air inlets from the sides of the fenders of a ‘57 Buick. How cool and neat. The front-end springs had been heated to lower the front end into a raked posture--artfully
done. Growing out of the underside and sprouting just behind the front wheels were shiny new chrome Lake plugs (an alternate
exhaust system to be used while racing) that went all the way to the back wheel wells.
There they angled slightly outward and were capped with two chrome bolts. But
best of all was the understated and tasteful pin-striping job beginning at the headlights and continuing to the farthest point
of the finned tail. Only a picture could explain the way it accented the car’s
But imagination will have to suffice. This machine was still Chevrolet red, as it came from the factory. “If it ain’t red, it ain’t right.”
I heard the king of Odessa hot-rodders, Carl Goetz, say that late in his life.
It was a conclusion he came to after never having had a red ‘57 Chevy until after the climax of the custom car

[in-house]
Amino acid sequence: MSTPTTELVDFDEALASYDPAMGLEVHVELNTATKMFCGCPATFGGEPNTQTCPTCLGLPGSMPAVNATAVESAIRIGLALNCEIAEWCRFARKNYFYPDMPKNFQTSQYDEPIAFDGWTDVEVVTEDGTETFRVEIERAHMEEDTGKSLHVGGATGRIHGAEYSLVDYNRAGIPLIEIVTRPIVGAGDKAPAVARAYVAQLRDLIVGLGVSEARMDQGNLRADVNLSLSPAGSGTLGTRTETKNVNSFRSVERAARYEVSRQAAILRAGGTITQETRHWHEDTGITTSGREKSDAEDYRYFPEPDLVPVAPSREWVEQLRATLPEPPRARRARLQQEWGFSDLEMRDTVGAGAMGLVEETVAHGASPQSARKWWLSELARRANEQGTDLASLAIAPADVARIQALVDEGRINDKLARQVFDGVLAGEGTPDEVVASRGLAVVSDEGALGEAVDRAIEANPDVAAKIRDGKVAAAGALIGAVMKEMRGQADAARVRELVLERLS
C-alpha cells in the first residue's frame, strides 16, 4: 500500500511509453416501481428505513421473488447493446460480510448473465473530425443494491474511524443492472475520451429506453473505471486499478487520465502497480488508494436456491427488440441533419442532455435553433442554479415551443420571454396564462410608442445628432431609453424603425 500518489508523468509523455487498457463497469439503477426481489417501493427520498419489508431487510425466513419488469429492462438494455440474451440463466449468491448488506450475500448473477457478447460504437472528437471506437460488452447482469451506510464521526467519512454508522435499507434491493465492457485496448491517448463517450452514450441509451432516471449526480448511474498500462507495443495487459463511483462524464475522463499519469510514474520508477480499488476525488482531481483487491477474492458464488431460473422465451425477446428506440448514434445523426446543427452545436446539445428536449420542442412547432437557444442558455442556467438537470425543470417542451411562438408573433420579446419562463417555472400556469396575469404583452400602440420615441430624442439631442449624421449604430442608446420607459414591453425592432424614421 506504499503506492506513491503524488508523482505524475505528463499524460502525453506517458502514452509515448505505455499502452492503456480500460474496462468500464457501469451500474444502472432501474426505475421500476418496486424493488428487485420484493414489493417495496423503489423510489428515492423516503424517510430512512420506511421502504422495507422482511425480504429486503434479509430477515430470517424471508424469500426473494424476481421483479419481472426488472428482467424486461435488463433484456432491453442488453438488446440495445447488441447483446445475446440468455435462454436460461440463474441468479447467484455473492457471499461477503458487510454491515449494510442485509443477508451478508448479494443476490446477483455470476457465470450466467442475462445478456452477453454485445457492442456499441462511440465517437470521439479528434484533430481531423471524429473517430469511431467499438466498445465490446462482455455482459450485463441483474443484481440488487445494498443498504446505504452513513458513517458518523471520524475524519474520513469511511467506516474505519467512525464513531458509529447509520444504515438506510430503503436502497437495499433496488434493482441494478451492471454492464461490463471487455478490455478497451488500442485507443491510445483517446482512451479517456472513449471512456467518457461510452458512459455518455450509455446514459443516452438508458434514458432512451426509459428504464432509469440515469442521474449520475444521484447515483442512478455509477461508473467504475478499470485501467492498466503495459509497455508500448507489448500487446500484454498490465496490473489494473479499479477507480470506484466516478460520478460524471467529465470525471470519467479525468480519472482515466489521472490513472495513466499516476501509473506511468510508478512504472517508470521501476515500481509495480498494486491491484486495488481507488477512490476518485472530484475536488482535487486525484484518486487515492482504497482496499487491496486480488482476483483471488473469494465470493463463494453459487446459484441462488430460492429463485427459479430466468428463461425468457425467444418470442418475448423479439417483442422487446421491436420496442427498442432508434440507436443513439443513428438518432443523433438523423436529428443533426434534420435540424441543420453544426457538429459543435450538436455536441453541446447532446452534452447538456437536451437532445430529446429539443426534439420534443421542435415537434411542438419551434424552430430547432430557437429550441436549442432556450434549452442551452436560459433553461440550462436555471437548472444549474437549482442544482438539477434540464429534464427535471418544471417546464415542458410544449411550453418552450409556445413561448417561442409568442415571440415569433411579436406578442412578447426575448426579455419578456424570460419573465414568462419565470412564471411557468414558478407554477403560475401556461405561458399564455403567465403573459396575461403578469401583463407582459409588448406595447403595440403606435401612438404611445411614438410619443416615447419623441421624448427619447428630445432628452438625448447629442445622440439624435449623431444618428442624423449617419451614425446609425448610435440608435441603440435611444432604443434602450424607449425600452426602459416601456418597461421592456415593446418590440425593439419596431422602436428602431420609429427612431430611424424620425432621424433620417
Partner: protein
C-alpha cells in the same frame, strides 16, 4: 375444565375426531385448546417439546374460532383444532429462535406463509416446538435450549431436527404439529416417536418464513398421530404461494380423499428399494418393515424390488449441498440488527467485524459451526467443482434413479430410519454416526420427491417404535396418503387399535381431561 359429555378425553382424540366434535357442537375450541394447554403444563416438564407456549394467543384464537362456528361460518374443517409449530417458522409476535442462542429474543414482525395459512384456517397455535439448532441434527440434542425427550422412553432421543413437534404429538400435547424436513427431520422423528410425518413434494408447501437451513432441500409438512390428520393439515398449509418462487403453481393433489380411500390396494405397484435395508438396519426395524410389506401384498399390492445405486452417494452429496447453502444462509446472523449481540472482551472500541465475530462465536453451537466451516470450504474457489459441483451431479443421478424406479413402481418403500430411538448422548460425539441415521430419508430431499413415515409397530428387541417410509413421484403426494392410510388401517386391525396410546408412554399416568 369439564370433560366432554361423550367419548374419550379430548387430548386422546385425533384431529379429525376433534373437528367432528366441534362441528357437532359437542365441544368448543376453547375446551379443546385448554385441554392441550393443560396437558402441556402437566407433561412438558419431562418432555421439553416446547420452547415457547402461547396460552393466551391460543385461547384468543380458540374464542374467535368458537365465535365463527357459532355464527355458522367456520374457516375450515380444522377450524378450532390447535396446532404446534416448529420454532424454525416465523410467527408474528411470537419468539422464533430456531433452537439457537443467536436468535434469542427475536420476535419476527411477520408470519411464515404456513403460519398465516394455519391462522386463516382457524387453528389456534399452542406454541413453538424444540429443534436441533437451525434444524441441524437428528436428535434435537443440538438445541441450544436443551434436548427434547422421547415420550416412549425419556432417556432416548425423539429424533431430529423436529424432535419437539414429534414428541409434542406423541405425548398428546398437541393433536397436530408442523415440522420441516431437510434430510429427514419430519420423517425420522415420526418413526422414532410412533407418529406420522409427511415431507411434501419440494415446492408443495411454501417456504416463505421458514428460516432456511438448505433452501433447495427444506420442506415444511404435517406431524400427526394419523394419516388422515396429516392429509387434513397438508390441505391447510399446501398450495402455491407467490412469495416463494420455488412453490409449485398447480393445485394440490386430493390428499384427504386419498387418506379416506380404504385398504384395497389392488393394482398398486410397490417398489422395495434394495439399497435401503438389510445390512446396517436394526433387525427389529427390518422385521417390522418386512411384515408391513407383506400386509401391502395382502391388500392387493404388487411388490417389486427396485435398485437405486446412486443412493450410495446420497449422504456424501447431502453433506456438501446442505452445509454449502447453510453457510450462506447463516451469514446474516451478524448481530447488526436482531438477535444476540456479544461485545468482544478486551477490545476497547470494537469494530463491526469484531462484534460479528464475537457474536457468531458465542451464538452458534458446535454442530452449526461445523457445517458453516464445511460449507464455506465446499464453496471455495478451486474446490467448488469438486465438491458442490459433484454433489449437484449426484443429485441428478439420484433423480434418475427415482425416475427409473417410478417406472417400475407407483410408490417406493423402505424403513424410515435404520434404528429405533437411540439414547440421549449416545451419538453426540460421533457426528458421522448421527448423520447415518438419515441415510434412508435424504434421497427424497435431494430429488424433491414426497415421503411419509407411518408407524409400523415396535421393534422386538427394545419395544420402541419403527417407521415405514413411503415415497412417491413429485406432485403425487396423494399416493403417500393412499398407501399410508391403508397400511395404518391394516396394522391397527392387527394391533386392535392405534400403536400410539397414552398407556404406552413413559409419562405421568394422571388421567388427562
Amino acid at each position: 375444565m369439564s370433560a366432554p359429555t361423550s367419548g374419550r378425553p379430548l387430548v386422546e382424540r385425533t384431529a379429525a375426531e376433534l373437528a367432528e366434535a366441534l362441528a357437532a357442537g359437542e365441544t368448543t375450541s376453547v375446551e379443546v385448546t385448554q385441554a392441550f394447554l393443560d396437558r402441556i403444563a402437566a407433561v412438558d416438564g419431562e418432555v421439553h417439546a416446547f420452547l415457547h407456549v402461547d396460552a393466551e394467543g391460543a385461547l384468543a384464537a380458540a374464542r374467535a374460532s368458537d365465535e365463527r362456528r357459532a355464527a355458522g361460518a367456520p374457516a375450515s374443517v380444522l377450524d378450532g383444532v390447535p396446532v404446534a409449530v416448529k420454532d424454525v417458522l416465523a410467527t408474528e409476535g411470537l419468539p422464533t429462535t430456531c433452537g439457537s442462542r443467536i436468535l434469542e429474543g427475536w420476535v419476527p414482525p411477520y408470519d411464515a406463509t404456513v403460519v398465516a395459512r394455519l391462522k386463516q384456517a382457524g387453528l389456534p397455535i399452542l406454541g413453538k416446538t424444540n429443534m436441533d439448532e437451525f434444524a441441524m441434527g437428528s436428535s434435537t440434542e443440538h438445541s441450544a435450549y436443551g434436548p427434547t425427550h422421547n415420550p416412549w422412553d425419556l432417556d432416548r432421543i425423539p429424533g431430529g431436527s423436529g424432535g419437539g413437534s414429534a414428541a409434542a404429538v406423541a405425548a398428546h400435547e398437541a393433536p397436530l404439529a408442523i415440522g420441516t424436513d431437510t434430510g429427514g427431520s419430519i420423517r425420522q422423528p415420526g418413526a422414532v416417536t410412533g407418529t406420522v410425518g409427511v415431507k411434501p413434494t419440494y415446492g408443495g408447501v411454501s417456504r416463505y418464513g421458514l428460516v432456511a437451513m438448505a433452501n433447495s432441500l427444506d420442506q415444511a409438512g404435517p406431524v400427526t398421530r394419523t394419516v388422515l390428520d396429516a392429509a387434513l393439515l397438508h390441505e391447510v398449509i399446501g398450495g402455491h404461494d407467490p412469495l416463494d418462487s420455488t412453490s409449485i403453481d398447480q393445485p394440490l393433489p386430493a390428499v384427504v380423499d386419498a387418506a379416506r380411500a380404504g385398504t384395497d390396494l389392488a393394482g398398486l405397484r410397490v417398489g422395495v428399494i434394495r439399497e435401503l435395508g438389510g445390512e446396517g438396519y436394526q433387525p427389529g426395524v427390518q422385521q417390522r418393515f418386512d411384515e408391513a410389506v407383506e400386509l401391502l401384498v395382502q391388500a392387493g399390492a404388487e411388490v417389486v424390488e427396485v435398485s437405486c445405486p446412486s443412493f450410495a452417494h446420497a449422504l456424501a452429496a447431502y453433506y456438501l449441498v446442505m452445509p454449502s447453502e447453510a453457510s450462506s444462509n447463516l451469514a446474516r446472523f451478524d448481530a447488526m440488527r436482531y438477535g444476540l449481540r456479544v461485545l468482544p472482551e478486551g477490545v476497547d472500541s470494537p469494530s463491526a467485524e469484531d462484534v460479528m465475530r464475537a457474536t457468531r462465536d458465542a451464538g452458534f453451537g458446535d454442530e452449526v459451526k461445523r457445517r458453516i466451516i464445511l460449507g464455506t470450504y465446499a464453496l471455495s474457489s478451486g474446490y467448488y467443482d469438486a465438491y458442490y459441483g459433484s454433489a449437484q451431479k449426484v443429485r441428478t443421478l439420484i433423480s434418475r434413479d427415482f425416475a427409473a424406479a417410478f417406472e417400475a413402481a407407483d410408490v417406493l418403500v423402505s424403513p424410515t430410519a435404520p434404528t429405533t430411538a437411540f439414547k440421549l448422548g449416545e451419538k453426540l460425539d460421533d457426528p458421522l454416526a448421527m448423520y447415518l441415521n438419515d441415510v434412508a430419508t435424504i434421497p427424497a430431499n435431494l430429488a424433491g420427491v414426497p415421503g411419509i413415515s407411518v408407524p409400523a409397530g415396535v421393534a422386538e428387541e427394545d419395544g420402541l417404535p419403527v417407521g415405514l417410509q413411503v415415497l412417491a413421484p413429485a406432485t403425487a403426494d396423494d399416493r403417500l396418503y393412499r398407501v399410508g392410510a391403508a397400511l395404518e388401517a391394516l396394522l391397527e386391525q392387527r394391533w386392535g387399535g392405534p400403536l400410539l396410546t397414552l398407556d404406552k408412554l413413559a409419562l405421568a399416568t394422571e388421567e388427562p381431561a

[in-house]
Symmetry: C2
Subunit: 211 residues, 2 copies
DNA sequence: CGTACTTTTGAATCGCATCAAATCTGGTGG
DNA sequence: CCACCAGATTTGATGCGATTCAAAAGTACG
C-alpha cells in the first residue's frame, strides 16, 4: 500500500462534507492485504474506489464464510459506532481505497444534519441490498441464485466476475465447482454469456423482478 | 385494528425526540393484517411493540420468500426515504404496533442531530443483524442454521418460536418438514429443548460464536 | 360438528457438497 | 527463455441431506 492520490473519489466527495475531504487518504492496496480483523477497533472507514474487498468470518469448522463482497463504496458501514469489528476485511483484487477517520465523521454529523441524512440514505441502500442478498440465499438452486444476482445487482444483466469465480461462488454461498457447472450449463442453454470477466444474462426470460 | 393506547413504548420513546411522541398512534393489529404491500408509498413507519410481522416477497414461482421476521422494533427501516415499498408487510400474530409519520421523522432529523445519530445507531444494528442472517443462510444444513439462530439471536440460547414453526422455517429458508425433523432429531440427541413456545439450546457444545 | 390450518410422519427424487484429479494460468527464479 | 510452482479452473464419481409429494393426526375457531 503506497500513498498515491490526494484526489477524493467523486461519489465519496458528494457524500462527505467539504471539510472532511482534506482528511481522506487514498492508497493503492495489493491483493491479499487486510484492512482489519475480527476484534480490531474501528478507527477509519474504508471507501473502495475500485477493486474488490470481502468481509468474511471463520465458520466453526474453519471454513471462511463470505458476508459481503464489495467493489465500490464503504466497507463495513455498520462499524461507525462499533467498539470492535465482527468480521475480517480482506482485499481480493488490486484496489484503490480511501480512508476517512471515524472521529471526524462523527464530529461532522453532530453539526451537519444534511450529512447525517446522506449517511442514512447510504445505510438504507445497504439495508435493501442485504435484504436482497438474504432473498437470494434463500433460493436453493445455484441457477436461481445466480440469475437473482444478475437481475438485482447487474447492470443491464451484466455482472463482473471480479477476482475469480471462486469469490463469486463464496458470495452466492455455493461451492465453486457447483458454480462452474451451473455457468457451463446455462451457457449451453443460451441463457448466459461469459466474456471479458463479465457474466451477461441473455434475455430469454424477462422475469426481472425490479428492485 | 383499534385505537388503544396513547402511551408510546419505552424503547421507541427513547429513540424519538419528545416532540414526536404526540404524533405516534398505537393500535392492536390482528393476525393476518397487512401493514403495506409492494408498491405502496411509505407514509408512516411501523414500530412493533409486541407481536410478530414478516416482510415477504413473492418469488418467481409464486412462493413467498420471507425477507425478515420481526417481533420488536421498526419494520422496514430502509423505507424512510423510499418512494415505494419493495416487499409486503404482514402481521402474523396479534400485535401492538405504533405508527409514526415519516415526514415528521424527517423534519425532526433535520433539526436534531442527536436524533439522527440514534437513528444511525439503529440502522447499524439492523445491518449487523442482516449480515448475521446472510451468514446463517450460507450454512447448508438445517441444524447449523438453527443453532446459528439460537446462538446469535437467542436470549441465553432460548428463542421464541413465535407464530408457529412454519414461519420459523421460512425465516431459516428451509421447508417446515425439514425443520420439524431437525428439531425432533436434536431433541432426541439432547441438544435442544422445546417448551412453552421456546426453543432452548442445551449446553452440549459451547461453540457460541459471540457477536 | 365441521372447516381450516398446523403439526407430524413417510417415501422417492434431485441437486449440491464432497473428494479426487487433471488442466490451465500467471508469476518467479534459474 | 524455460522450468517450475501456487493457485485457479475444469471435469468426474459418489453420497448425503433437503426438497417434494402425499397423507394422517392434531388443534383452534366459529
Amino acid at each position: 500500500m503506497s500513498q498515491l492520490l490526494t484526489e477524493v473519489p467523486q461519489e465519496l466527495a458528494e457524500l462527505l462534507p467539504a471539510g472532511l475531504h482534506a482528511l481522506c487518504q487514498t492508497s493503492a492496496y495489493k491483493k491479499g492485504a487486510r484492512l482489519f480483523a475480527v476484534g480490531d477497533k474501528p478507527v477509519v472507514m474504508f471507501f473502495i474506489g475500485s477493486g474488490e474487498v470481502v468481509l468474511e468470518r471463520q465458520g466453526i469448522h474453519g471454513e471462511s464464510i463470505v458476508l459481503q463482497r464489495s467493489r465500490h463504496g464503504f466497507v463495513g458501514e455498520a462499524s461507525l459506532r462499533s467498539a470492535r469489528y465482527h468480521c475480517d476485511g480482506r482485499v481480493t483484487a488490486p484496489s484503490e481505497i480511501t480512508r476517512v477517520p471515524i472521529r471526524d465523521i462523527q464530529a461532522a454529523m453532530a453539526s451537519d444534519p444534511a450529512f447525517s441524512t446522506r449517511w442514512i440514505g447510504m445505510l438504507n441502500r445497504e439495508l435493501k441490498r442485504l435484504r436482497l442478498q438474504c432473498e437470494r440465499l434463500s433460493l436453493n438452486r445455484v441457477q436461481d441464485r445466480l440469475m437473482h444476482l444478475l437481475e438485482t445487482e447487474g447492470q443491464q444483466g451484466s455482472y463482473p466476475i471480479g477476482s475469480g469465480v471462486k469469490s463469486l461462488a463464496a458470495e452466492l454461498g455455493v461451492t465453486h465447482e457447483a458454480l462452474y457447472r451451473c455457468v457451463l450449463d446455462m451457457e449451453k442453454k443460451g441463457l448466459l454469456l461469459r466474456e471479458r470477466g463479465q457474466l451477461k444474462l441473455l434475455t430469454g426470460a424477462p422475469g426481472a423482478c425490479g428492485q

era was over.
It was an emotional experience to be able
to examine that car. It made my stomach hurt with “red-hot envious pains.” I can only imagine the state of mind that Carlton felt as he stood proudly nearby,
letting all of us commoners examine the princely metal trophy.
Carlton did not have to slave and
save to get it—his father bought it for him. I am sure he was never told
that it would be best if he had to work for it. He was given it just because
he wanted it, and not only did his father pay for the car, he paid the bill for all the custom work and the unnecessary adornments
his son wanted. And he gave Carlton the cash Carlton had in his pocket. How luxurious!
What kind of man did Carlton have for a
father? Everyone there had to wonder, because we all knew where Carlton lived,
and we all knew the job his father had. We all had to be questioning the luck
of the draw no matter what kind of relationship we had with our fathers. No one
talked about it, I am sure, but everyone thought it. I’ll always wonder
if we had just seen the
car that Carlton’s father would have
wanted when he was younger.
It was a long ride home from